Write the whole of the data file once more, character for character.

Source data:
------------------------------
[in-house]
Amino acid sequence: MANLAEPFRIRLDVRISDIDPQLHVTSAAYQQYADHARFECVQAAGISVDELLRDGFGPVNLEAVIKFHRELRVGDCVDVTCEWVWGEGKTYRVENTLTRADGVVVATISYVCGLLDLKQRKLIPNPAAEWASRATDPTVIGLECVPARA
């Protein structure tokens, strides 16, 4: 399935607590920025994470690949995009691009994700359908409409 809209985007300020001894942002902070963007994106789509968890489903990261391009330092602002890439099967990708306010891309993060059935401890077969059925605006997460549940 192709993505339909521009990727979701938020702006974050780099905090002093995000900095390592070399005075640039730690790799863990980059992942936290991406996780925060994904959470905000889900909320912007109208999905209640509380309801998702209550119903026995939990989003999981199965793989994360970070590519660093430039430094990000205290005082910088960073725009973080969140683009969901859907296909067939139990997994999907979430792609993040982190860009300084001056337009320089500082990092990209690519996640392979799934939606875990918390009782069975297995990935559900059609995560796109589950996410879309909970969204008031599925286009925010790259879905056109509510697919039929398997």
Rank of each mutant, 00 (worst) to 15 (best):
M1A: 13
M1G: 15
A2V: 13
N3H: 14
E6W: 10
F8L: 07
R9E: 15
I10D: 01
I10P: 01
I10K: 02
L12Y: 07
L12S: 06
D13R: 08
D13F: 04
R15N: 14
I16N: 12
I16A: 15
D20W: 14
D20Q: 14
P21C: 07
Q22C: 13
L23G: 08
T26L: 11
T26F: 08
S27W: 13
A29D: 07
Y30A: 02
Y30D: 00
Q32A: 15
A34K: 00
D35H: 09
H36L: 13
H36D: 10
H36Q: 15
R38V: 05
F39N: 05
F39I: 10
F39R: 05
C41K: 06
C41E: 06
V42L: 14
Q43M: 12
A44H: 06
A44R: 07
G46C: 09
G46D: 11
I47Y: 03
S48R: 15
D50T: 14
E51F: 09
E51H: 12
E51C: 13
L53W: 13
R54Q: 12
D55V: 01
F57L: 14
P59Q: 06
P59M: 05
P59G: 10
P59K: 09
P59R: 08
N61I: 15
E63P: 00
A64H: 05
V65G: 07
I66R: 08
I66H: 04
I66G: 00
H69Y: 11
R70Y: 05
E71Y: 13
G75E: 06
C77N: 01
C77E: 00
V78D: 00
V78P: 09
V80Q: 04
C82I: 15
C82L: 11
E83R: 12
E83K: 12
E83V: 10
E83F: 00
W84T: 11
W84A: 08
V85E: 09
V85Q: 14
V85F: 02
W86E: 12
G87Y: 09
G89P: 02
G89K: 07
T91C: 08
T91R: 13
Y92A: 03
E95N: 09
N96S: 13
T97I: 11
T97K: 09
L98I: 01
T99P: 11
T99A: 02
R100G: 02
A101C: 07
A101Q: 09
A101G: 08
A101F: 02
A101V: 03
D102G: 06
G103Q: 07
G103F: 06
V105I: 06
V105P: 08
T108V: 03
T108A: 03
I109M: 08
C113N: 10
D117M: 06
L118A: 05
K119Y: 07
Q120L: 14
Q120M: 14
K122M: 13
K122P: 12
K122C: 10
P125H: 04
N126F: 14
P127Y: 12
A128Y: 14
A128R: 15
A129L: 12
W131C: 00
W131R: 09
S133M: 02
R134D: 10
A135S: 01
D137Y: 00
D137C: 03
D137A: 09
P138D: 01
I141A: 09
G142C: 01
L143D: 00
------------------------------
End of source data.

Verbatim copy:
[in-house]
Amino acid sequence: MANLAEPFRIRLDVRISDIDPQLHVTSAAYQQYADHARFECVQAAGISVDELLRDGFGPVNLEAVIKFHRELRVGDCVDVTCEWVWGEGKTYRVENTLTRADGVVVATISYVCGLLDLKQRKLIPNPAAEWASRATDPTVIGLECVPARA
């Protein structure tokens, strides 16, 4: 399935607590920025994470690949995009691009994700359908409409 809209985007300020001894942002902070963007994106789509968890489903990261391009330092602002890439099967990708306010891309993060059935401890077969059925605006997460549940 192709993505339909521009990727979701938020702006974050780099905090002093995000900095390592070399005075640039730690790799863990980059992942936290991406996780925060994904959470905000889900909320912007109208999905209640509380309801998702209550119903026995939990989003999981199965793989994360970070590519660093430039430094990000205290005082910088960073725009973080969140683009969901859907296909067939139990997994999907979430792609993040982190860009300084001056337009320089500082990092990209690519996640392979799934939606875990918390009782069975297995990935559900059609995560796109589950996410879309909970969204008031599925286009925010790259879905056109509510697919039929398997």
Rank of each mutant, 00 (worst) to 15 (best):
M1A: 13
M1G: 15
A2V: 13
N3H: 14
E6W: 10
F8L: 07
R9E: 15
I10D: 01
I10P: 01
I10K: 02
L12Y: 07
L12S: 06
D13R: 08
D13F: 04
R15N: 14
I16N: 12
I16A: 15
D20W: 14
D20Q: 14
P21C: 07
Q22C: 13
L23G: 08
T26L: 11
T26F: 08
S27W: 13
A29D: 07
Y30A: 02
Y30D: 00
Q32A: 15
A34K: 00
D35H: 09
H36L: 13
H36D: 10
H36Q: 15
R38V: 05
F39N: 05
F39I: 10
F39R: 05
C41K: 06
C41E: 06
V42L: 14
Q43M: 12
A44H: 06
A44R: 07
G46C: 09
G46D: 11
I47Y: 03
S48R: 15
D50T: 14
E51F: 09
E51H: 12
E51C: 13
L53W: 13
R54Q: 12
D55V: 01
F57L: 14
P59Q: 06
P59M: 05
P59G: 10
P59K: 09
P59R: 08
N61I: 15
E63P: 00
A64H: 05
V65G: 07
I66R: 08
I66H: 04
I66G: 00
H69Y: 11
R70Y: 05
E71Y: 13
G75E: 06
C77N: 01
C77E: 00
V78D: 00
V78P: 09
V80Q: 04
C82I: 15
C82L: 11
E83R: 12
E83K: 12
E83V: 10
E83F: 00
W84T: 11
W84A: 08
V85E: 09
V85Q: 14
V85F: 02
W86E: 12
G87Y: 09
G89P: 02
G89K: 07
T91C: 08
T91R: 13
Y92A: 03
E95N: 09
N96S: 13
T97I: 11
T97K: 09
L98I: 01
T99P: 11
T99A: 02
R100G: 02
A101C: 07
A101Q: 09
A101G: 08
A101F: 02
A101V: 03
D102G: 06
G103Q: 07
G103F: 06
V105I: 06
V105P: 08
T108V: 03
T108A: 03
I109M: 08
C113N: 10
D117M: 06
L118A: 05
K119Y: 07
Q120L: 14
Q120M: 14
K122M: 13
K122P: 12
K122C: 10
P125H: 04
N126F: 14
P127Y: 12
A128Y: 14
A128R: 15
A129L: 12
W131C: 00
W131R: 09
S133M: 02
R134D: 10
A135S: 01
D137Y: 00
D137C: 03
D137A: 09
P138D: 01
I141A: 09
G142C: 01
L143D: 00